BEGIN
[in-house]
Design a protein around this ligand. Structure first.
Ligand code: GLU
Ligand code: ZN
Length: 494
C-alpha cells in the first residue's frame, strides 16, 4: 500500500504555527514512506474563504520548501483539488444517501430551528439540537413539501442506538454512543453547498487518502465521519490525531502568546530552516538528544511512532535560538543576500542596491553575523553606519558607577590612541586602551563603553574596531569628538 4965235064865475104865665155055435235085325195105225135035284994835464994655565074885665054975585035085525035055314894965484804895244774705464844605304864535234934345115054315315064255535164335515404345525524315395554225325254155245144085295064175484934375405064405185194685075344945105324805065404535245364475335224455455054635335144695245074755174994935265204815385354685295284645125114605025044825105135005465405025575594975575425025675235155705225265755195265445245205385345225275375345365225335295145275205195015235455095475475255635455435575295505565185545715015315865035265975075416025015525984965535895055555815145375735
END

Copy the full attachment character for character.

[in-house]
Design a protein around this ligand. Structure first.
Ligand code: GLU
Ligand code: ZN
Length: 494
C-alpha cells in the first residue's frame, strides 16, 4: 500500500504555527514512506474563504520548501483539488444517501430551528439540537413539501442506538454512543453547498487518502465521519490525531502568546530552516538528544511512532535560538543576500542596491553575523553606519558607577590612541586602551563603553574596531569628538 4965235064865475104865665155055435235085325195105225135035284994835464994655565074885665054975585035085525035055314894965484804895244774705464844605304864535234934345115054315315064255535164335515404345525524315395554225325254155245144085295064175484934375405064405185194685075344945105324805065404535245364475335224455455054635335144695245074755174994935265204815385354685295284645125114605025044825105135005465405025575594975575425025675235155705225265755195265445245205385345225275375345365225335295145275205195015235455095475475255635455435575295505565185545715015315865035265975075416025015525984965535895055555815145375735